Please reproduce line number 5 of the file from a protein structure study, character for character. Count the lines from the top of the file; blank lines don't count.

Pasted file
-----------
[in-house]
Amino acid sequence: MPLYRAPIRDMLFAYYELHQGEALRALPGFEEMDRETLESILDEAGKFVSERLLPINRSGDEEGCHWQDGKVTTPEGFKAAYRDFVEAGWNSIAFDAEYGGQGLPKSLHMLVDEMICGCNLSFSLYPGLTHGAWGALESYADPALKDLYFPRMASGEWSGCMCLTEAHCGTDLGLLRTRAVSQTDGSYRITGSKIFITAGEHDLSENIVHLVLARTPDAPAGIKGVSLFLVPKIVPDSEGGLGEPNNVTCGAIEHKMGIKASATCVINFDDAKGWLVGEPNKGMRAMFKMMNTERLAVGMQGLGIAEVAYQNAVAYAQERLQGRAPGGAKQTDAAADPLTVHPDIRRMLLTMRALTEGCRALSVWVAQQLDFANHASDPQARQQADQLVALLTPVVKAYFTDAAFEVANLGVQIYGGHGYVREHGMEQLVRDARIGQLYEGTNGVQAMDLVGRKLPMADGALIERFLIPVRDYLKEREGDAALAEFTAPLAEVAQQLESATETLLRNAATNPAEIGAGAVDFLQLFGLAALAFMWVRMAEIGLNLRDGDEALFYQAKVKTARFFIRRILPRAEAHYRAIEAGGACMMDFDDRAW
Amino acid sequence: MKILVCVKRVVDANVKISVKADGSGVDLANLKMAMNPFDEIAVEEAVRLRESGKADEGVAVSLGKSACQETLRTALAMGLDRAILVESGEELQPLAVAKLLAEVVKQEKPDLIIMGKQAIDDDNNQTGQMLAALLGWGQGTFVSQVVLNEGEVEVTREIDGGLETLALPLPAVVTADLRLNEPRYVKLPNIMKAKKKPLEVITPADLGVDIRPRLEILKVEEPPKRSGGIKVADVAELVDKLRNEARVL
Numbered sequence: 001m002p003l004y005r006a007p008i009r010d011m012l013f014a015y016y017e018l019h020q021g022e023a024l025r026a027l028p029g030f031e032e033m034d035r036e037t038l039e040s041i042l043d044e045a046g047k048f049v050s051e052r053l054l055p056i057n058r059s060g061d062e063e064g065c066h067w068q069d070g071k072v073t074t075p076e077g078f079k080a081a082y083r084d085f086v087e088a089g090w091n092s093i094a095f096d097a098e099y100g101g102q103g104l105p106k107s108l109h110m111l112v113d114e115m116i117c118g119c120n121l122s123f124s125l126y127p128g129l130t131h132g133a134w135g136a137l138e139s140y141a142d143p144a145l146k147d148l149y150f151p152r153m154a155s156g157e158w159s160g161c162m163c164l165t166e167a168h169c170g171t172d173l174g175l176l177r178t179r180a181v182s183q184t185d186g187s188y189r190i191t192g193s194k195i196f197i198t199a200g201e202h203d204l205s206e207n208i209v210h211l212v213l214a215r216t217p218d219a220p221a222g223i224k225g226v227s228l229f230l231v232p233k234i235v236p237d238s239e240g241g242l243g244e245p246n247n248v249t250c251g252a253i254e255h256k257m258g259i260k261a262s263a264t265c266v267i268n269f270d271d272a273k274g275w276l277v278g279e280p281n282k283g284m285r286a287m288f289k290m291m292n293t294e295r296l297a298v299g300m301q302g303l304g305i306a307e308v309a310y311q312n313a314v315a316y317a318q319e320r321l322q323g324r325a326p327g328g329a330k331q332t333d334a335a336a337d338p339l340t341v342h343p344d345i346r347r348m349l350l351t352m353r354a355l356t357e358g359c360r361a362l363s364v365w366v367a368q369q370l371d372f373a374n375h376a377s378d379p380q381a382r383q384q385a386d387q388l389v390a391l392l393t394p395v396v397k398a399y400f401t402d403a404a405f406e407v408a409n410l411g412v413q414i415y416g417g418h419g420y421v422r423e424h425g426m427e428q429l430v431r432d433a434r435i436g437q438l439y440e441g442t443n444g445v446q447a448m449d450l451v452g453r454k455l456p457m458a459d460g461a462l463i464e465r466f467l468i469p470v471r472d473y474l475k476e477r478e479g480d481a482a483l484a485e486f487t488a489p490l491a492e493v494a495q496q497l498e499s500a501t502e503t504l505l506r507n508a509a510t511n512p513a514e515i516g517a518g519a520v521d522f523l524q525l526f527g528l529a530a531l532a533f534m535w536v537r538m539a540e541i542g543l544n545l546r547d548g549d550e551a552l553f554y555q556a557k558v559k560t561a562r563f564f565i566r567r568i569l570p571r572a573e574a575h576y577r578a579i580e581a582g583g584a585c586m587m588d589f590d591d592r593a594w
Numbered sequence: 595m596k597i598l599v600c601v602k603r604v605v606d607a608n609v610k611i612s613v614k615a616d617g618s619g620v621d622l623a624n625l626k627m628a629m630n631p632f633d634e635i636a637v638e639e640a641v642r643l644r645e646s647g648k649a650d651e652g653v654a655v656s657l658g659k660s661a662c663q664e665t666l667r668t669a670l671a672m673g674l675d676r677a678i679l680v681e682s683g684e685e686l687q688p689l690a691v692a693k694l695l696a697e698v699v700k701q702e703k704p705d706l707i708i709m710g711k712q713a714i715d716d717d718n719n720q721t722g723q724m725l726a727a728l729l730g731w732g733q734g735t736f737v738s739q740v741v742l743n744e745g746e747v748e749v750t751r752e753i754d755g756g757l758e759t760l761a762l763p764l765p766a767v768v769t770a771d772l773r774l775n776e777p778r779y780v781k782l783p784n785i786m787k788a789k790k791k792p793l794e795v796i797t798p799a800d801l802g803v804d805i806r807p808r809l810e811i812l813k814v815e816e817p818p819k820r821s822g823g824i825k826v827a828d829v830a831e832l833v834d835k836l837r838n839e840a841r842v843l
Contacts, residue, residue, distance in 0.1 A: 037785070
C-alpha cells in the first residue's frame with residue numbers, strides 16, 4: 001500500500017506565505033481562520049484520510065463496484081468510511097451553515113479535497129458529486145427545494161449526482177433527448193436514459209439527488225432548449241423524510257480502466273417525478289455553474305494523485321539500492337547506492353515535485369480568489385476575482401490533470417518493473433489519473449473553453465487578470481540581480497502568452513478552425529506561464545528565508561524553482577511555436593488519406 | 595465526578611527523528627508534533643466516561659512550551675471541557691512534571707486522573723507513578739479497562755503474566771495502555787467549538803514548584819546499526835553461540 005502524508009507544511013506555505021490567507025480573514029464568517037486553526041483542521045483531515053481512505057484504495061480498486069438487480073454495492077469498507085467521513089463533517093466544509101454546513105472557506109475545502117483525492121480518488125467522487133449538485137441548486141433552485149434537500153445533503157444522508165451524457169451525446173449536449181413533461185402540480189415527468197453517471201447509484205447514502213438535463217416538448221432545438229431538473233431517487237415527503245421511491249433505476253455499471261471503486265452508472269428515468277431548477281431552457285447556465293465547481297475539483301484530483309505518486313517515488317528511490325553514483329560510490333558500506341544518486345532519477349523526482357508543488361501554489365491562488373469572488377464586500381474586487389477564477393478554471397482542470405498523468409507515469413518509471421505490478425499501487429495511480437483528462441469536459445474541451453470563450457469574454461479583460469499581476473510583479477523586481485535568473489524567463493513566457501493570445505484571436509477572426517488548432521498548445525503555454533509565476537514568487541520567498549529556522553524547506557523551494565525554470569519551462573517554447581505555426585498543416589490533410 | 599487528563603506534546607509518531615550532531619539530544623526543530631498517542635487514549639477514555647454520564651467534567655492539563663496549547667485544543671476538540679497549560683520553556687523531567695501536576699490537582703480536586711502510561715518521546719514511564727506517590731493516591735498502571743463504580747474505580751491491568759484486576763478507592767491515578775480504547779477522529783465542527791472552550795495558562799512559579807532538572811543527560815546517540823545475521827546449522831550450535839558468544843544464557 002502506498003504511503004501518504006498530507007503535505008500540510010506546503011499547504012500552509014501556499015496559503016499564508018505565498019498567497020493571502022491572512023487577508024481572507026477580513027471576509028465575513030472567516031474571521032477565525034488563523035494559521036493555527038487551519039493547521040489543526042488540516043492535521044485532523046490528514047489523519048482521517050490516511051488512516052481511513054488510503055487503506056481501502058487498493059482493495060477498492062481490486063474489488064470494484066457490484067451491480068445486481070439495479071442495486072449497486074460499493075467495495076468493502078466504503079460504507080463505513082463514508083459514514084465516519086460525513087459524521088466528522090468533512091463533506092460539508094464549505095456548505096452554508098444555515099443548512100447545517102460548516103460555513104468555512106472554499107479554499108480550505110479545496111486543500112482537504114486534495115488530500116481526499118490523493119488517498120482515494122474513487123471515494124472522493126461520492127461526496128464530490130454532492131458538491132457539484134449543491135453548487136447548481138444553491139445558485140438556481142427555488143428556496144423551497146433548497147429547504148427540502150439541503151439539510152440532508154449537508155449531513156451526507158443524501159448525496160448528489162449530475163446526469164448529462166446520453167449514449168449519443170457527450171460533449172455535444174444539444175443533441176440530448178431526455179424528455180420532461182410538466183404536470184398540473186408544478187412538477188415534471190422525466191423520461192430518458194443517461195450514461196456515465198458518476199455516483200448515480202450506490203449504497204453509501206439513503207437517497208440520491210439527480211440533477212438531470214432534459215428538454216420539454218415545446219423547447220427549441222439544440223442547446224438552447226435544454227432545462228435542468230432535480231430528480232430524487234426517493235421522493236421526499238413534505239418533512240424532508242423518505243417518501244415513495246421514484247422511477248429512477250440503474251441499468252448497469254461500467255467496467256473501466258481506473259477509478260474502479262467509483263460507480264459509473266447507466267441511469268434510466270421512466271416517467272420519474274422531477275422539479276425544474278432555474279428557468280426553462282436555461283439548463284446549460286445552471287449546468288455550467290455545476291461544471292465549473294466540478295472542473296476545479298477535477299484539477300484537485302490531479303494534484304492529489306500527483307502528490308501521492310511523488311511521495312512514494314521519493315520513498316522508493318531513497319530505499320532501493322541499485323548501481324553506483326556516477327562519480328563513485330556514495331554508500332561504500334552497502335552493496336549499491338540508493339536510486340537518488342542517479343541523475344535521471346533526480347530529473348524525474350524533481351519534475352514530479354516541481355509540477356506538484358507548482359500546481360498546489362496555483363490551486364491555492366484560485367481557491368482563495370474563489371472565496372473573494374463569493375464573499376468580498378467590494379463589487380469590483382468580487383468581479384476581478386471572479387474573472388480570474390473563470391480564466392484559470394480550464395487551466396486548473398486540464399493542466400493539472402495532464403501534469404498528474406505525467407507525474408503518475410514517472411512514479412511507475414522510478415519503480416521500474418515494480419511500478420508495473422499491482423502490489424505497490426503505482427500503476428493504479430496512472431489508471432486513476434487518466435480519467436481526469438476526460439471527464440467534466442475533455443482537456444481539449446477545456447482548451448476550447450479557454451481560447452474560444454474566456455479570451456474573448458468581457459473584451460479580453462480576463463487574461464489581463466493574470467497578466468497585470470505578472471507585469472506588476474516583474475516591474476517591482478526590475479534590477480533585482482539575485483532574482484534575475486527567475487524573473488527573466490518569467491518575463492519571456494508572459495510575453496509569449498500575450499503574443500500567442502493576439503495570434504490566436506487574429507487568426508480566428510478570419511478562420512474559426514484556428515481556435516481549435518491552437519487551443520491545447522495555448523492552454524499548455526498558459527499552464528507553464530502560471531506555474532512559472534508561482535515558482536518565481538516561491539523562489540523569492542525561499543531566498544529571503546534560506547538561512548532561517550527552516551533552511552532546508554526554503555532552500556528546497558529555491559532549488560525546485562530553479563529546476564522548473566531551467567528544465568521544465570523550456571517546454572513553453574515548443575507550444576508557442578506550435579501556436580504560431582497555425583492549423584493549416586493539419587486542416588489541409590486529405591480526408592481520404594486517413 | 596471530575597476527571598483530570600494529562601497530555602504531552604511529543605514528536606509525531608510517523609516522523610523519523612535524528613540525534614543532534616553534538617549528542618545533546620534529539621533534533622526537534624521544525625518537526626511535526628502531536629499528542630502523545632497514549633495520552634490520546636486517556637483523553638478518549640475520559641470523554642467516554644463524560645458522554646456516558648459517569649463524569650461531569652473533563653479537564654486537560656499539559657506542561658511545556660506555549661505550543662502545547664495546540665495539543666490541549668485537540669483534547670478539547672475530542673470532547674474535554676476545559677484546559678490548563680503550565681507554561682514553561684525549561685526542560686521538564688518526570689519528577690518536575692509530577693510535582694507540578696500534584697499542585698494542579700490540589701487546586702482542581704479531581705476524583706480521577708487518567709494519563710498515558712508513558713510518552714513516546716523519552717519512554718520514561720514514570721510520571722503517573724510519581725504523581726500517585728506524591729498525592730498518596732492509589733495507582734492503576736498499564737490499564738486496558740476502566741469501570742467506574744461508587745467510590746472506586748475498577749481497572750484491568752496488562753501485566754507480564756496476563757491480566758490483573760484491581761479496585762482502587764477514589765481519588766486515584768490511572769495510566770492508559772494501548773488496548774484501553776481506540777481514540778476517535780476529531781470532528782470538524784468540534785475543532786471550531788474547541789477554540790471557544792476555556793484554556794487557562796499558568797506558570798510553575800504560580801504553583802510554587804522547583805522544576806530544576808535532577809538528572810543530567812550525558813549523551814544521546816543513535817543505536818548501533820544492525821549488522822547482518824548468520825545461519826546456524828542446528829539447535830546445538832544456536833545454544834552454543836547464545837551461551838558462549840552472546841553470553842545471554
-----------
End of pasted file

Numbered sequence: 595m596k597i598l599v600c601v602k603r604v605v606d607a608n609v610k611i612s613v614k615a616d617g618s619g620v621d622l623a624n625l626k627m628a629m630n631p632f633d634e635i636a637v638e639e640a641v642r643l644r645e646s647g648k649a650d651e652g653v654a655v656s657l658g659k660s661a662c663q664e665t666l667r668t669a670l671a672m673g674l675d676r677a678i679l680v681e682s683g684e685e686l687q688p689l690a691v692a693k694l695l696a697e698v699v700k701q702e703k704p705d706l707i708i709m710g711k712q713a714i715d716d717d718n719n720q721t722g723q724m725l726a727a728l729l730g731w732g733q734g735t736f737v738s739q740v741v742l743n744e745g746e747v748e749v750t751r752e753i754d755g756g757l758e759t760l761a762l763p764l765p766a767v768v769t770a771d772l773r774l775n776e777p778r779y780v781k782l783p784n785i786m787k788a789k790k791k792p793l794e795v796i797t798p799a800d801l802g803v804d805i806r807p808r809l810e811i812l813k814v815e816e817p818p819k820r821s822g823g824i825k826v827a828d829v830a831e832l833v834d835k836l837r838n839e840a841r842v843l